What’s a typical day or week like for your team and you?
“Team Milici” consists of me and my husband! The days are quite full, and we both enjoy being extremely organized. I am also a daily list maker, which keeps me focused and on track. I so enjoy the feeling of satisfaction as I cross items off the list every day! Keeping a set schedule with business hours is very important for any artist who works at home. It’s very easy to get distracted if you allow it, so you must be very strict about your work ethic if you want to accomplish things. I am so grateful for my husband, who takes care of the book keeping and accounting.
Where or how do you “recharge your creative battery,” i.e., books, blogs, music, art, exercise, mediation, prayer, hobbies, interests, etc.?
Books, books and more books. Inspirational and motivational books, small business success books, quote books, biographies of famous creative entrepreneurs, new calligraphy books, books on medieval art, historic calligraphic documents, and books on the lives of the Penmen during the “Golden Age of Penmanship.” Did I ever tell you that I love calligraphy books? :)
I also love researching, sketching, listening to classical music, walking, developing new workshops, finding beautiful quotes, and brainstorming new ideas with my sister and husband. Time with family, friends and kitties help me stay balanced. A nice, quiet dinner out with my husband helps me stay calm, centered and loved. Not to mention pedicures and chocolate.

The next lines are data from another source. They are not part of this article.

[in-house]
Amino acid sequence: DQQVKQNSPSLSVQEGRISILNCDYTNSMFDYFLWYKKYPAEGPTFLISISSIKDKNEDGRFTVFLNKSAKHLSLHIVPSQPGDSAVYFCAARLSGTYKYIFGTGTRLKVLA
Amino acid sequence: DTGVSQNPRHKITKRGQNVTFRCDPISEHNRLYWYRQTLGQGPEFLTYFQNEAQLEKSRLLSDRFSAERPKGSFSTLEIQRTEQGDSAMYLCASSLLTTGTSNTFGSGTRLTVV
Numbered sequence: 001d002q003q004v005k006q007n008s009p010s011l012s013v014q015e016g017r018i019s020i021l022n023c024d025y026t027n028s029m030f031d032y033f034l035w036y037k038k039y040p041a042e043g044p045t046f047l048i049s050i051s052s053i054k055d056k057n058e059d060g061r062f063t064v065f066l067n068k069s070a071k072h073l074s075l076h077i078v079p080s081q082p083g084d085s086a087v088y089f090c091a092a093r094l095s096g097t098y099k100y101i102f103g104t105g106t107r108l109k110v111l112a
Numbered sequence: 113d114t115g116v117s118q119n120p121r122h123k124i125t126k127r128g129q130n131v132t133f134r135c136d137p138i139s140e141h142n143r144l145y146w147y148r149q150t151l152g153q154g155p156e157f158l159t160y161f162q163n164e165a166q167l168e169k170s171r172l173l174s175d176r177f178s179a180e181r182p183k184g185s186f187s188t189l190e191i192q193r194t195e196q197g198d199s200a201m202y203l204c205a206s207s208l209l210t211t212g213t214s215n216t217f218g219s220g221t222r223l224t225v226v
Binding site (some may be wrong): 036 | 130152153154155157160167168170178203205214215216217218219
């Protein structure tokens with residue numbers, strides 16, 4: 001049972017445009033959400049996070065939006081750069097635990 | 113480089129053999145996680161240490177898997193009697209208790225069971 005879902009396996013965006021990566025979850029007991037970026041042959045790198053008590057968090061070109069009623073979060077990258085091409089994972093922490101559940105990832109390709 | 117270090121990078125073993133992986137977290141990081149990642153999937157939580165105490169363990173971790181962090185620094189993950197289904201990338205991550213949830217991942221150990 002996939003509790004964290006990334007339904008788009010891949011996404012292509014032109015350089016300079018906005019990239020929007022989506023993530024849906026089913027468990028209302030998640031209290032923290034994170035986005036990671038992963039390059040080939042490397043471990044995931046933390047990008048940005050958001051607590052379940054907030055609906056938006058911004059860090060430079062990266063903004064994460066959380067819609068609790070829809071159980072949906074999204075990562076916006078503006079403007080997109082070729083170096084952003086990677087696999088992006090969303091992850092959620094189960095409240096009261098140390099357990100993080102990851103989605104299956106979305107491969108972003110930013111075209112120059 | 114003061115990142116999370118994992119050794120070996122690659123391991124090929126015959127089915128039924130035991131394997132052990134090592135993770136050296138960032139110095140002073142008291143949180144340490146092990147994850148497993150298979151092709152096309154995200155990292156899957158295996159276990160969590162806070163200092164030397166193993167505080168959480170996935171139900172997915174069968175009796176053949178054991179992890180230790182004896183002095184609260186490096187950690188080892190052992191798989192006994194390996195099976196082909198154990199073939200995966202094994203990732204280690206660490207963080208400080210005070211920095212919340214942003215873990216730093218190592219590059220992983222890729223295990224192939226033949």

Who or what are your influences or muses?
I am influenced by anything beautiful and romantic; classical music, poetry and prose, and Medieval, Impressionist and pre-Raphaelite art. I am ever inspired by today’s Master Penmen, who are all world renowned calligraphers and engrossers, and love to share their skills, techniques and love of lettering with everyone. My calligraphy friends, students and Facebook community are always sources of inspiration for me!
Do you create art outside of your studio? If so what types of work?
Over the years, I have painted calligraphy quotes on walls mixed with faux finishing treatments…up high on a big ladder or scaffolding! These days I’m more than happy to keep my feet firmly on the ground, but if I’m asked, don’t be surprised if I say yes!
Did you begin your career prior to the digital revolution? If so has the computer/technology – if at all – impacted your approach to design?
Yes, my career began in 1979, before computers were widely available. When computerized “calligraphy” first emerged in the digital world, I thought that I would have to find another job. Surely, I thought, no one would ever want hand-lettering again. To my amazement, it actually turned out to be just the opposite scenario! Hand lettering, especially for formal events such as weddings, has never enjoyed such a boom in recent years! People continue to call me and be so happy that they found someone who does REAL calligraphy.
Many graphic artists continue to register for hand-lettering workshops. It’s quite a big trend right now. Adding more skills to your repertoire will further your versatility as an artist, with more resources to offer your clients. Win-win!
Tell us something about you that might surprise or delight us.
I love the business side of art! Many artists dislike it or are afraid of it, but I love it! I teach a workshop in business success for artists. After 35 years as a business owner, professional calligrapher and instructor, I think I’m starting to make a little headway. :)